The Intangibility of Empathy

The Intangibility of Empathy


Empathy is universally defined and readily accepted as the ability to understand and to share the feelings of another person. Few of us would argue with the proposition that the mentally and emotionally competent among us desire to be genuinely understood and to know that another person can share our feelings.


Empathy is something which is intangible because it is felt. When we truly empathise we are not left feeling empty, or to frame it differently, left emotionless. It can sometimes mean that we are more able to empathise with some people over others. The idea that we can adopt a position of neutrality on this subject and not be judgmental is an attractive and noble one and yet it can equally be fallacious and untenable.


We all have judgments, whether or not we articulate those judgments through our words or through our actions is another story. To suspend our judgments and to exercise our empathy is one of the higher expressions of our beautiful humanity.


Our ability to express sentiments and to feel empathy for other people is not much of an obstacle when we can rely upon mutually shared experiences or we can identify in some manner. Shared identities and experiences often become the powerful triggers which manifest our ability to express our empathy. Paradoxically, the things which we identify with can also be the reason why we may struggle to elicit or to gain empathy from others. Having shared characteristics such as a common core culture, sharing the same gender, age, race, religion, ideological or spiritual beliefs, social standing, economic position, education and work experiences; are factors which can potentially either enhance or diminish our capacity to empathise with others.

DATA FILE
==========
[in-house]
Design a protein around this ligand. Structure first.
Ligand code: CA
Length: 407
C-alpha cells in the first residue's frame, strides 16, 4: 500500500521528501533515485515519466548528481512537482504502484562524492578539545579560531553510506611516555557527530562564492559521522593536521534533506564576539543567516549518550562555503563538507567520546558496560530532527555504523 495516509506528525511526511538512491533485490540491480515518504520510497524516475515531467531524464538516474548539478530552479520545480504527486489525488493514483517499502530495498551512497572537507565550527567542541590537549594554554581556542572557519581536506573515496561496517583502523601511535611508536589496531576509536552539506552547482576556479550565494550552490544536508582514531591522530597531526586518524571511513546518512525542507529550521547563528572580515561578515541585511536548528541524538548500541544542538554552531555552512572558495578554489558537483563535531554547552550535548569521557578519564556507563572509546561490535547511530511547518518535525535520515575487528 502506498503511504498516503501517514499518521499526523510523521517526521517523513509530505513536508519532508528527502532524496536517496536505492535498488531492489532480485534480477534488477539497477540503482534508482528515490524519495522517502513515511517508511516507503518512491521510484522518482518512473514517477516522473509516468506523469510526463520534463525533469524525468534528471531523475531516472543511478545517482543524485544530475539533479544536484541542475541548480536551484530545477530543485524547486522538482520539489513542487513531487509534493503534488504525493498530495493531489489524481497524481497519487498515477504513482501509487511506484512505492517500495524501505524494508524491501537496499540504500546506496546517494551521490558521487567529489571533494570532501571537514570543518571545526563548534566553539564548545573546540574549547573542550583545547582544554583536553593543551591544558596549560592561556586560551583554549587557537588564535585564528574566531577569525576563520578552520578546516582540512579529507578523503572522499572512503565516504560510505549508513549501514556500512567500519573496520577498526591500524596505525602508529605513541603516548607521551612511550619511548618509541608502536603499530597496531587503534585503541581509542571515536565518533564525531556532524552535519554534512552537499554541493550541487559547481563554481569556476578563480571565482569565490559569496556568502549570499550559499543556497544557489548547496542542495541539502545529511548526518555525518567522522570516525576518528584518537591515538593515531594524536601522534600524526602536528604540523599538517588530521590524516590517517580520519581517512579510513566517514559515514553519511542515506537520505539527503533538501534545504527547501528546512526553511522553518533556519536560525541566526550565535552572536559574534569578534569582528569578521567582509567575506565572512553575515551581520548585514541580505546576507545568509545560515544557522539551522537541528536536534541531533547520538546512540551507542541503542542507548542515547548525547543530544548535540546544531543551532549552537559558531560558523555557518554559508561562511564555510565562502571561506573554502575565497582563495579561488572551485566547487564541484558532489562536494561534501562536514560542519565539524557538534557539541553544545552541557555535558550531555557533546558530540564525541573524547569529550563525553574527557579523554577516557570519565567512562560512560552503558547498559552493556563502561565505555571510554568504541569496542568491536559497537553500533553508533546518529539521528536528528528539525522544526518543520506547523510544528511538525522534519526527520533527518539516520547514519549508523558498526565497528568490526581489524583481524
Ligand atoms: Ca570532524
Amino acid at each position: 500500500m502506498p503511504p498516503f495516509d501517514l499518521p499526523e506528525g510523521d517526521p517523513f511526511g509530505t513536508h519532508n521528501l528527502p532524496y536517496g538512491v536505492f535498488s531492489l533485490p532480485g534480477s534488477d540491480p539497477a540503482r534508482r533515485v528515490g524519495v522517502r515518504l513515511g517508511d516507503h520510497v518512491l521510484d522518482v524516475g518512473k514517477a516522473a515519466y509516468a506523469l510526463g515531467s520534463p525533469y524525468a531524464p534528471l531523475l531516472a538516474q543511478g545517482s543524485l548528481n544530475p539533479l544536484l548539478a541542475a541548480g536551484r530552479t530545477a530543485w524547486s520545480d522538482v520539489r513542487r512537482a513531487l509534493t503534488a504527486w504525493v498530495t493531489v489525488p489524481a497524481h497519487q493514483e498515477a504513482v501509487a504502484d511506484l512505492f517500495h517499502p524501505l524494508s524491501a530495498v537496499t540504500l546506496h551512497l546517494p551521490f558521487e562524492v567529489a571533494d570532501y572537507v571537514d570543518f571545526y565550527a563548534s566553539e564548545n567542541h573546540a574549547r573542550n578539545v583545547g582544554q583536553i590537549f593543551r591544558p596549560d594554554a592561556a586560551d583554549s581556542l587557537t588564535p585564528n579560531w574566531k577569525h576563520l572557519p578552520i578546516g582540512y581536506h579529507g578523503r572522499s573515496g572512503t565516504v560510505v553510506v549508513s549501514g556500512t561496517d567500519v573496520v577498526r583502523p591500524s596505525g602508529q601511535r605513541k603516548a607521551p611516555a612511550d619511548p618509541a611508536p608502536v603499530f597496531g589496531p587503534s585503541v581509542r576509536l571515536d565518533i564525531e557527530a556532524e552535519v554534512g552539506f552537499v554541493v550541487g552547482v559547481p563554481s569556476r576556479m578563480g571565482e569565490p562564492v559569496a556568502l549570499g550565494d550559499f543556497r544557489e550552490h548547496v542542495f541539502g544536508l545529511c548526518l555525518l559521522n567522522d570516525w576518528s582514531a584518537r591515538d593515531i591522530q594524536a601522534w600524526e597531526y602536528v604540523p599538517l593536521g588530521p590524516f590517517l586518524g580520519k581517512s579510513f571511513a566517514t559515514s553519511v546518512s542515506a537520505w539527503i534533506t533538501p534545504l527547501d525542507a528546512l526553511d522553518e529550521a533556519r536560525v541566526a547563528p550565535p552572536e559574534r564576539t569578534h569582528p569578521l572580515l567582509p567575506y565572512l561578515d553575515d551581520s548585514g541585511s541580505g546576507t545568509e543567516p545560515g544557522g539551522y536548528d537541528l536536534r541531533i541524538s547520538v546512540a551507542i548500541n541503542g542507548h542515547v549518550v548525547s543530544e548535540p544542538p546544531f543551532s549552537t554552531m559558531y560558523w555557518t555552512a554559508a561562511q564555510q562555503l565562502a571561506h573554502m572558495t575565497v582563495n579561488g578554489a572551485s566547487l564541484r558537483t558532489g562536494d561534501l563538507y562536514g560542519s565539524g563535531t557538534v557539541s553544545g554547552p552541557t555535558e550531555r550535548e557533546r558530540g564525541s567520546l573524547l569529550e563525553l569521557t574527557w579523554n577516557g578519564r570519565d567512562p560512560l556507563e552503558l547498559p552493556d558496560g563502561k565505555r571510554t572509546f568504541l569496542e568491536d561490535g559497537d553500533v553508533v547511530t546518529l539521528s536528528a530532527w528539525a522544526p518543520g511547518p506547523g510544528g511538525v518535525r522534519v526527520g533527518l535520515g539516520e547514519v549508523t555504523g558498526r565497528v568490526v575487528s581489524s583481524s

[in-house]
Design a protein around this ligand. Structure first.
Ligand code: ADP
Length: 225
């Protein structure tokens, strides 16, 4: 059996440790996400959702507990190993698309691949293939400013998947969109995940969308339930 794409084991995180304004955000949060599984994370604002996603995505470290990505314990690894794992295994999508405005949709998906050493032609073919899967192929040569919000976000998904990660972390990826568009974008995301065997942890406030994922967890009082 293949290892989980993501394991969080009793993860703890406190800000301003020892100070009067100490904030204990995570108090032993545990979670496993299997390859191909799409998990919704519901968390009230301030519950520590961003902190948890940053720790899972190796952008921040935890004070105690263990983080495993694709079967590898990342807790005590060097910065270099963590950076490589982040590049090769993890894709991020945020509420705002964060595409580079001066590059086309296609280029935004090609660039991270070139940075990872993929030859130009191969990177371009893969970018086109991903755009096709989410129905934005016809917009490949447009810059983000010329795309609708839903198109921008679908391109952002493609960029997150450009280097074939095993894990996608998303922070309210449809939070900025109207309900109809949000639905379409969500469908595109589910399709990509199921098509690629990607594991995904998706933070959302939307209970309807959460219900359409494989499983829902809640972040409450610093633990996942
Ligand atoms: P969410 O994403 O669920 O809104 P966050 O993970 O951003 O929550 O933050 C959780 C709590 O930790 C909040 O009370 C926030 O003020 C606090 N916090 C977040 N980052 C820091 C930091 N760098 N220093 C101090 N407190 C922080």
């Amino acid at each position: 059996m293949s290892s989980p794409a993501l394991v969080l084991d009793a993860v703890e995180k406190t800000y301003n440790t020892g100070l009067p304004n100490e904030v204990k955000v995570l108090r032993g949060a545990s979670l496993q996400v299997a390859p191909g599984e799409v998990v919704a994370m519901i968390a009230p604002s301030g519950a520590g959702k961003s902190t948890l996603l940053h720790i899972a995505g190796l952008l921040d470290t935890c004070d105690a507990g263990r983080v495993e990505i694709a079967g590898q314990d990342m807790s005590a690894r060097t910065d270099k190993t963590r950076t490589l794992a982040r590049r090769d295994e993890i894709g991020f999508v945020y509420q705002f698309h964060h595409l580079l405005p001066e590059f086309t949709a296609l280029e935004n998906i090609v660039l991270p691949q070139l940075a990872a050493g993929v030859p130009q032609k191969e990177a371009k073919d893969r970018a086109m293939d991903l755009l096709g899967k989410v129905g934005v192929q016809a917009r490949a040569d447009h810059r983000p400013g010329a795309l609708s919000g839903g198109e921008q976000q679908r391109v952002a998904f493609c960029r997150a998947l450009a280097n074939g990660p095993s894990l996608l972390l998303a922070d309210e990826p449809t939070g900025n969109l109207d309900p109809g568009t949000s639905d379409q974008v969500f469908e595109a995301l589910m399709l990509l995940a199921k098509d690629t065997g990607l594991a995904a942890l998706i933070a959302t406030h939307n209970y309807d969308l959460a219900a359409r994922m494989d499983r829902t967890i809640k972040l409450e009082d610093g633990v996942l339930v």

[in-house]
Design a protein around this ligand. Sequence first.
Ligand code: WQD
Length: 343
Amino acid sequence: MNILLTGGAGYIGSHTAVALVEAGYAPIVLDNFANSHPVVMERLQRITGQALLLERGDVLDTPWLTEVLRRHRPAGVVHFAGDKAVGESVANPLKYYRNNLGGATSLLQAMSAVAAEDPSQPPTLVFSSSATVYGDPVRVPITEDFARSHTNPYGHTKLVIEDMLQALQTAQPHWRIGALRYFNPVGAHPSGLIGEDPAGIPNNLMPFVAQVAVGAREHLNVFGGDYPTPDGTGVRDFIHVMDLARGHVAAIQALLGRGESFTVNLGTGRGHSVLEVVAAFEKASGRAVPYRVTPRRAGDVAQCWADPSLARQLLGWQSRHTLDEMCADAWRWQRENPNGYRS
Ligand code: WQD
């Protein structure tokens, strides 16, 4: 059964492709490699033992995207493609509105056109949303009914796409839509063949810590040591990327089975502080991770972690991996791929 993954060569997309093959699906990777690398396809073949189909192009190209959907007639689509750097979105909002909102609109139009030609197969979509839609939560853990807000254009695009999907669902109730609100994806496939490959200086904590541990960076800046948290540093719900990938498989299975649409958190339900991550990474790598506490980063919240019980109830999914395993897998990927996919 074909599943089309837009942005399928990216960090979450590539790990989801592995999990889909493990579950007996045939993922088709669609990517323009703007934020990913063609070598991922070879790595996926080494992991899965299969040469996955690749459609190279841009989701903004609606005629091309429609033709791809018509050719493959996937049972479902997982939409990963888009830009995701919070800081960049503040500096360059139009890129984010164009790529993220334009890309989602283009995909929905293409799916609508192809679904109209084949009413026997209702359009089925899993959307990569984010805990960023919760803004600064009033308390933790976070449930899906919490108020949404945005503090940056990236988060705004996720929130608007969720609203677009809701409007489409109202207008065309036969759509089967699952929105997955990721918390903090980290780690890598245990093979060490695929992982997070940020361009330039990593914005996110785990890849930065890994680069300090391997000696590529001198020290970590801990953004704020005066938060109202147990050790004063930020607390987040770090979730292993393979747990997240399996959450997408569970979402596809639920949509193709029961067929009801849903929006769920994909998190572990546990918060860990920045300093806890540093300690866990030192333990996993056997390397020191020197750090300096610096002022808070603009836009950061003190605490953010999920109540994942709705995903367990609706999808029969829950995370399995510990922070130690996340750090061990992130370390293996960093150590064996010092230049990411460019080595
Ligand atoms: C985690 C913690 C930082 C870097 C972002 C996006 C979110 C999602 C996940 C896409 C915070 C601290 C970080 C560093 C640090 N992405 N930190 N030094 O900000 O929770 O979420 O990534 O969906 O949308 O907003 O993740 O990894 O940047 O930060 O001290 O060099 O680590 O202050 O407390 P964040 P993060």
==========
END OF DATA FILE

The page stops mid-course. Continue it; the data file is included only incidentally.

An illustration of this can be easily located within the space of political advocacy. Political activism at its heart is an authentic desire to propagate change within governmental and legal institutions. Activists unite for a particular cause with the express intention to seek to reform or improve established practices which fail to represent and support the needs of particular communities. A refugee activist for instance, is less likely to empathise with an activist who supports restrictive immigration policies. This is chiefly due to fundamentally divergent beliefs. However, even within communities which are diametrically not in alignment, or are in direct opposition even, there can be similar beliefs which are shared; such as the shared desire to live in a politically and militarily stable country.


Our ability and willingness to understand and to feel what other people experience depends on how well we are able to imagine what it would be like if it was our very own self who was placed in that other person’s situation. And the more we are willing to do that; to think of what it would be like if “we” were “them”, the more accessible an intangible experience such as empathy can come into being.



Natasha Stone